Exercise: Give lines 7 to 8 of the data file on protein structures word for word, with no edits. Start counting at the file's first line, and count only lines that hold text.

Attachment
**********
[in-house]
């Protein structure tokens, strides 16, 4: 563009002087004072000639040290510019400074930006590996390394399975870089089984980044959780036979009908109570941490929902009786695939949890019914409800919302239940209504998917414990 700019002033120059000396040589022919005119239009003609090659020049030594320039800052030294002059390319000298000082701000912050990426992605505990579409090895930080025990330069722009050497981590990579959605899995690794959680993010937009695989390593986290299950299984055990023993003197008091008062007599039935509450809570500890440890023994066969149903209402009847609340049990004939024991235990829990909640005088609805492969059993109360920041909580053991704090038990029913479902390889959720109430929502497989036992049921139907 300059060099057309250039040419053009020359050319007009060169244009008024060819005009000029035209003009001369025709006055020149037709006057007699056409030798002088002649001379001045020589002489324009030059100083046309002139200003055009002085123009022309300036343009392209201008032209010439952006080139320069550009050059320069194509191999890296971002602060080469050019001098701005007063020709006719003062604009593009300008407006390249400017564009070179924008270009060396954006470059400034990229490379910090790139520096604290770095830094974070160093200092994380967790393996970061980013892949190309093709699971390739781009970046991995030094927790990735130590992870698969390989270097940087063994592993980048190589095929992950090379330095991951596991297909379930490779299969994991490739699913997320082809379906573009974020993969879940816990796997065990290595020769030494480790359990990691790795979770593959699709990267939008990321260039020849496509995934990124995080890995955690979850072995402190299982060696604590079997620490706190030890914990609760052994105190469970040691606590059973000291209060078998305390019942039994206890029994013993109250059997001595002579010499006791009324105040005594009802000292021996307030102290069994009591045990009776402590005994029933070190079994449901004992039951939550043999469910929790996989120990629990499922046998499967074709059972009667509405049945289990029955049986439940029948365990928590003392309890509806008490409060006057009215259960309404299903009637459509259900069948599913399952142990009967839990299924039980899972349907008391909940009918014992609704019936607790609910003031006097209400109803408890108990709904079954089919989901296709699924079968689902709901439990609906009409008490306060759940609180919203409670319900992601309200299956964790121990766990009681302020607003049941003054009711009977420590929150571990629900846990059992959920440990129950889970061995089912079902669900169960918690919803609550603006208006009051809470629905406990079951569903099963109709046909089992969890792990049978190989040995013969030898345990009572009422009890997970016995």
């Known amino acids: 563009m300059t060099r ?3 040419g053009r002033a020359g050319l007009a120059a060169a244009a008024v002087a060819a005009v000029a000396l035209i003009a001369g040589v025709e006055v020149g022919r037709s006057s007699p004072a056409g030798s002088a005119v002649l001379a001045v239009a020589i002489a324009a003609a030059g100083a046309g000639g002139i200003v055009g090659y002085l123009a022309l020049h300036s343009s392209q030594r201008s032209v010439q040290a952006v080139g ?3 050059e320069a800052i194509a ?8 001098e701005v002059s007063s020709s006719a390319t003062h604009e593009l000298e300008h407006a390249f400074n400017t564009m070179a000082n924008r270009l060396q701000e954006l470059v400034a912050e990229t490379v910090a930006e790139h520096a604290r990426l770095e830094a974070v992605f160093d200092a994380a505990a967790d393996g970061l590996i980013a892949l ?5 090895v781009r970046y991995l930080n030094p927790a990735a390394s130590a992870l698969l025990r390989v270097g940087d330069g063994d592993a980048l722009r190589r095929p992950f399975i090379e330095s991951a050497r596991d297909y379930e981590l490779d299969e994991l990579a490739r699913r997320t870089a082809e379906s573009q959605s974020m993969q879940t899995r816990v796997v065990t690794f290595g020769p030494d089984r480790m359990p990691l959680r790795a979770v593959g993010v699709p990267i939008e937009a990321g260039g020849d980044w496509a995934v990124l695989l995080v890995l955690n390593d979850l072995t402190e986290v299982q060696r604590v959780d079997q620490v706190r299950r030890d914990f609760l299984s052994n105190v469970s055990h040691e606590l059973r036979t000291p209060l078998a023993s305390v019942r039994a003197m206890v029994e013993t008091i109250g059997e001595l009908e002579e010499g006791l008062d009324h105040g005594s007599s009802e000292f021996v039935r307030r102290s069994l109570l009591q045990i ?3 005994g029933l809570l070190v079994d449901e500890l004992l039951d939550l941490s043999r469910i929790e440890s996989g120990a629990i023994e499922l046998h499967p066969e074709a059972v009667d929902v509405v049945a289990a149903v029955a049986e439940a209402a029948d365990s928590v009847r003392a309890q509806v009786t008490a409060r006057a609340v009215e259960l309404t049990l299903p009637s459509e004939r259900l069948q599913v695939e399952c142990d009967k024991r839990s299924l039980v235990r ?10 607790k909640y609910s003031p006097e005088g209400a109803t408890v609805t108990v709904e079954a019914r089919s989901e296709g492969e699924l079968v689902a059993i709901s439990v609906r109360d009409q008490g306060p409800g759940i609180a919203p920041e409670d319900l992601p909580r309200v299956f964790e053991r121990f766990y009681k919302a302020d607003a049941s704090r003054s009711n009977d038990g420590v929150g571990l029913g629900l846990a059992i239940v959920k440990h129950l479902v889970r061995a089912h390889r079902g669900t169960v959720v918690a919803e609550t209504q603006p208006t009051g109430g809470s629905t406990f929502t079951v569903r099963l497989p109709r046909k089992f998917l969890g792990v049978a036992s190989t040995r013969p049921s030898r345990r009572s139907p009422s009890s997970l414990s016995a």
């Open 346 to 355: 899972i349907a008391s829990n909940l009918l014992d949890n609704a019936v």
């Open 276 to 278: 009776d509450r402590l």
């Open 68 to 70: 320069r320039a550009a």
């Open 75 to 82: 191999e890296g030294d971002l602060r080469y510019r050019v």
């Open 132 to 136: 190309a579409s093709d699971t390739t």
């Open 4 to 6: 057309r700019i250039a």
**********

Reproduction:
């Open 75 to 82: 191999e890296g030294d971002l602060r080469y510019r050019v």
């Open 132 to 136: 190309a579409s093709d699971t390739t």